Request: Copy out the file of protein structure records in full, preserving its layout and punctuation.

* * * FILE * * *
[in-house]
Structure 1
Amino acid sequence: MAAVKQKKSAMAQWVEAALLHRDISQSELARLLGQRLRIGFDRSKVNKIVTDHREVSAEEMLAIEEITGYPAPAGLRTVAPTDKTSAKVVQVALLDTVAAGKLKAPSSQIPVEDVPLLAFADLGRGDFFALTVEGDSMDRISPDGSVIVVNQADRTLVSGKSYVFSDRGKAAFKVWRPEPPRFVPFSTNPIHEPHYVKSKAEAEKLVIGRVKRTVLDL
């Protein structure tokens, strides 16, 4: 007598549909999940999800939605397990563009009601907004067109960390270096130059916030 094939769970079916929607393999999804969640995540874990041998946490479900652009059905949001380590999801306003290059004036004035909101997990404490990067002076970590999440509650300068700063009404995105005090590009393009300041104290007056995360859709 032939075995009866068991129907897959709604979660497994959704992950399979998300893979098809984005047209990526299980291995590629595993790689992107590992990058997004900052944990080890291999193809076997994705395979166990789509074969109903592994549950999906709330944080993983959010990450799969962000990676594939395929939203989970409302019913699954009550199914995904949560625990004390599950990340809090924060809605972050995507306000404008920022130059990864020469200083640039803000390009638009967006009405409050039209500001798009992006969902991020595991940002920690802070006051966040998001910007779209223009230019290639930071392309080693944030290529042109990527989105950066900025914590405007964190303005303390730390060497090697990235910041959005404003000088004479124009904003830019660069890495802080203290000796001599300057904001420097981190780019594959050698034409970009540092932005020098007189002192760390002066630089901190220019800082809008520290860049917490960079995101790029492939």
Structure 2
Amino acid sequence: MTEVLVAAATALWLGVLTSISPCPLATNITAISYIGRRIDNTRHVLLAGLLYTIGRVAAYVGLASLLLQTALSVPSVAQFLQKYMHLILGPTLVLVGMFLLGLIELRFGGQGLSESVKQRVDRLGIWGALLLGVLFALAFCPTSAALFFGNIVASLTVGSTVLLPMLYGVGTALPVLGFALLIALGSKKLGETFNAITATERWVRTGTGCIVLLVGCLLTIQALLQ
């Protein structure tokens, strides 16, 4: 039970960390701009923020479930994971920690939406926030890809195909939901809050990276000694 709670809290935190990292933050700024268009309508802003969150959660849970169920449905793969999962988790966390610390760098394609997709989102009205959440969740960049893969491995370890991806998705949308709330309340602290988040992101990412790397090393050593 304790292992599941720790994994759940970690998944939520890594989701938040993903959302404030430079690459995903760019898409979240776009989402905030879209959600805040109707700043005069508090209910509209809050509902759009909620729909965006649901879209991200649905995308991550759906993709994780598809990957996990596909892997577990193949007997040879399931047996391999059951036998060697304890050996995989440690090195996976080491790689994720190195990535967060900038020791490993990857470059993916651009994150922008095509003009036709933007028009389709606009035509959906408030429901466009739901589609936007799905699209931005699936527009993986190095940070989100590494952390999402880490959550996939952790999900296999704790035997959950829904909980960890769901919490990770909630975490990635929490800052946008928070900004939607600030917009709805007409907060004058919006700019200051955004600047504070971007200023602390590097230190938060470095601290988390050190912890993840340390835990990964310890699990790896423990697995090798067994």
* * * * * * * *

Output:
[in-house]
Structure 1
Amino acid sequence: MAAVKQKKSAMAQWVEAALLHRDISQSELARLLGQRLRIGFDRSKVNKIVTDHREVSAEEMLAIEEITGYPAPAGLRTVAPTDKTSAKVVQVALLDTVAAGKLKAPSSQIPVEDVPLLAFADLGRGDFFALTVEGDSMDRISPDGSVIVVNQADRTLVSGKSYVFSDRGKAAFKVWRPEPPRFVPFSTNPIHEPHYVKSKAEAEKLVIGRVKRTVLDL
């Protein structure tokens, strides 16, 4: 007598549909999940999800939605397990563009009601907004067109960390270096130059916030 094939769970079916929607393999999804969640995540874990041998946490479900652009059905949001380590999801306003290059004036004035909101997990404490990067002076970590999440509650300068700063009404995105005090590009393009300041104290007056995360859709 032939075995009866068991129907897959709604979660497994959704992950399979998300893979098809984005047209990526299980291995590629595993790689992107590992990058997004900052944990080890291999193809076997994705395979166990789509074969109903592994549950999906709330944080993983959010990450799969962000990676594939395929939203989970409302019913699954009550199914995904949560625990004390599950990340809090924060809605972050995507306000404008920022130059990864020469200083640039803000390009638009967006009405409050039209500001798009992006969902991020595991940002920690802070006051966040998001910007779209223009230019290639930071392309080693944030290529042109990527989105950066900025914590405007964190303005303390730390060497090697990235910041959005404003000088004479124009904003830019660069890495802080203290000796001599300057904001420097981190780019594959050698034409970009540092932005020098007189002192760390002066630089901190220019800082809008520290860049917490960079995101790029492939």
Structure 2
Amino acid sequence: MTEVLVAAATALWLGVLTSISPCPLATNITAISYIGRRIDNTRHVLLAGLLYTIGRVAAYVGLASLLLQTALSVPSVAQFLQKYMHLILGPTLVLVGMFLLGLIELRFGGQGLSESVKQRVDRLGIWGALLLGVLFALAFCPTSAALFFGNIVASLTVGSTVLLPMLYGVGTALPVLGFALLIALGSKKLGETFNAITATERWVRTGTGCIVLLVGCLLTIQALLQ
């Protein structure tokens, strides 16, 4: 039970960390701009923020479930994971920690939406926030890809195909939901809050990276000694 709670809290935190990292933050700024268009309508802003969150959660849970169920449905793969999962988790966390610390760098394609997709989102009205959440969740960049893969491995370890991806998705949308709330309340602290988040992101990412790397090393050593 304790292992599941720790994994759940970690998944939520890594989701938040993903959302404030430079690459995903760019898409979240776009989402905030879209959600805040109707700043005069508090209910509209809050509902759009909620729909965006649901879209991200649905995308991550759906993709994780598809990957996990596909892997577990193949007997040879399931047996391999059951036998060697304890050996995989440690090195996976080491790689994720190195990535967060900038020791490993990857470059993916651009994150922008095509003009036709933007028009389709606009035509959906408030429901466009739901589609936007799905699209931005699936527009993986190095940070989100590494952390999402880490959550996939952790999900296999704790035997959950829904909980960890769901919490990770909630975490990635929490800052946008928070900004939607600030917009709805007409907060004058919006700019200051955004600047504070971007200023602390590097230190938060470095601290988390050190912890993840340390835990990964310890699990790896423990697995090798067994």